Condé Nast workers win company-wide union recognition

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Condé Nast employees secured union recognition for their company on Friday, making workers from iconic and glossy titles such as Vogue and GQ the latest to join a wave of union organizing in the media industry.

Staff members went public with their work organization effort in March, saying they needed to form a union to get better pay amid increased workloads. Hundreds of them signed a letter to Condé Nast executives asking for voluntary recognition. The two sides have since negotiated the scope of who would be covered by the union, which is affiliated with New York’s NewsGuild.

The Condé Nast union includes more than 500 U.S.-based employees: the majority of editorial, production and video workers at 11 publications, including Vanity Fair, Bon Appétit, Allure Architectural Digest and Condé Nast Entertainment, the company’s in-house production studio.

According to the NewsGuild, nearly 80% of eligible employees submitted union cards on Friday as part of a “card verification.” The informal process, accepted by Condé Nast, allows employees to form a union without having ask the Federal Labor Relations Board to hold an election, which can be a longer process.

The company and those workers will now begin to negotiate terms of employment, which could include everything from wages to benefits. Four other publications previously syndicated to Condé.

“After productive conversations with the NewsGuild over the past few months, we have agreed to voluntarily recognize four new editorial and business units,” a Condé Nast spokesperson said in a statement Friday. “We look forward to working together on our collective bargaining agreements following successful contracts with The New Yorker, Ars Technica and Pitchfork unions and the ongoing contract with WIRED.

The union also covers around 100 contractors – called “permalancers” by some – who have become more common in digital media, often working without the benefits or job stability given to regular employees. Their inclusion in the Condé Nast union was a major demand of union organizers.

“I’ve seen a few times where you’ll have a co-worker you’ve worked with for a long time – maybe over a year – and then you find out you’re staff and they’re not, and he’s not. doesn’t make sense because they have the same roles and responsibilities,” said Condé Nast Entertainment cameraman Ben Dewey. “It’s surprising that they don’t have the same protections as you do.”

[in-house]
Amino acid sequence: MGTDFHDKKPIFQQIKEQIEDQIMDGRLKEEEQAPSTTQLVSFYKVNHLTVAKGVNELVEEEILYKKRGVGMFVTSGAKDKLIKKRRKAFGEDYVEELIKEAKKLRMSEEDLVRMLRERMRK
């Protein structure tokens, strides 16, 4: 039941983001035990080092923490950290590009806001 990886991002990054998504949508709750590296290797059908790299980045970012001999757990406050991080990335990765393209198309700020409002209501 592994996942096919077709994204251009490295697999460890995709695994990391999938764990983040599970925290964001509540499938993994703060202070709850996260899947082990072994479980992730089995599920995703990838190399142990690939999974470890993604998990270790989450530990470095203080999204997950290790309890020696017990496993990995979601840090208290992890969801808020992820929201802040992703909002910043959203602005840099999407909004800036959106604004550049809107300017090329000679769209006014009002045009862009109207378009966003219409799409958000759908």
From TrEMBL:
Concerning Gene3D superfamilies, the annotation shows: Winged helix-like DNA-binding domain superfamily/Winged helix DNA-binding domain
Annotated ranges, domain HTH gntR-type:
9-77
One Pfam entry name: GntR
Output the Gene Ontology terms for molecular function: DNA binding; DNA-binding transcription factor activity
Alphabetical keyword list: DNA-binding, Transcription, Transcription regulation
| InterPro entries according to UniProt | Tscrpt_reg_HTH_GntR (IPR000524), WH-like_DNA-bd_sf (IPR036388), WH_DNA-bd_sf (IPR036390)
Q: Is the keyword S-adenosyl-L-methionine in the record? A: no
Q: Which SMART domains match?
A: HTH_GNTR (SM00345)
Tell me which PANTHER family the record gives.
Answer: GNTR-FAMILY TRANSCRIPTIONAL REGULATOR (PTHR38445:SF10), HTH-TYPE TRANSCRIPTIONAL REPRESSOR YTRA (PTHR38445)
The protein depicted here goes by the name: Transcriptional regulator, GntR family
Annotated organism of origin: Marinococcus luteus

“Many of our issues exist in our industry and we hope other companies and workplaces take note,” Jess Lane, a contractor with Condé Nast Entertainment, said in a statement.

Extensive efforts to unionize in the media industry come during a tumultuous period of layoffs, pay cuts and corporate consolidation. More than 200 labor campaigns have been launched in media publications over the past decade, according to a Poynter Institute report. Since the start of the pandemic, journalists and other workers at the Atlantic and Politico have unions formed who have been voluntarily recognized by their management.

The four Condé Nast titles, including The New Yorker, that had previously successfully syndicated under New York’s NewsGuild remain separate organizations.

Not all labor organizations have been so easily received by media companies. New York Times tech workers had to hold a federal election unionize earlier this year after The Times refused to voluntarily recognize their union. The Hearst Magazine union had to do the same in 2020. Eligible employees at both companies voted overwhelmingly to unionize.

At Condé Nast, the union campaign was preceded by a period of upheaval. In 2020, Bon Appétit’s editor-in-chief resigned after allegations of discrimination and a photo of him wearing “brownface” surfaced, and several of his color video stars left.

The New Yorker’s fact-checkers, copy editors and web producers waged a very public, at times heated, contract negotiation campaign for more than two years that included strike threats, celebrity endorsements and protests. . The company and the New Yorker Union finally reached a deal last year that would raise the minimum wage from $42,000 to $60,000 by 2023. At the time, Condé Nast said it had already worked to establish such company-wide standards.

The New Yorker Union’s rallying cry – ‘prestige doesn’t pay the bills’ – then inspired the broader effort to organize work at Condé Nast, as employees said they faced loads ever-increasing workloads and stagnant wages while living in one of the most expensive neighborhoods. cities in the country.

On Friday, union organizers celebrated their victory. “Condé Nast’s legendary publications would be nowhere without the hard-working employees who work day in and day out,” NewsGuild of New York president Susan DeCarava said in a statement. “We are so proud to fight side by side with our new members to ensure they get the strongest contract possible.”

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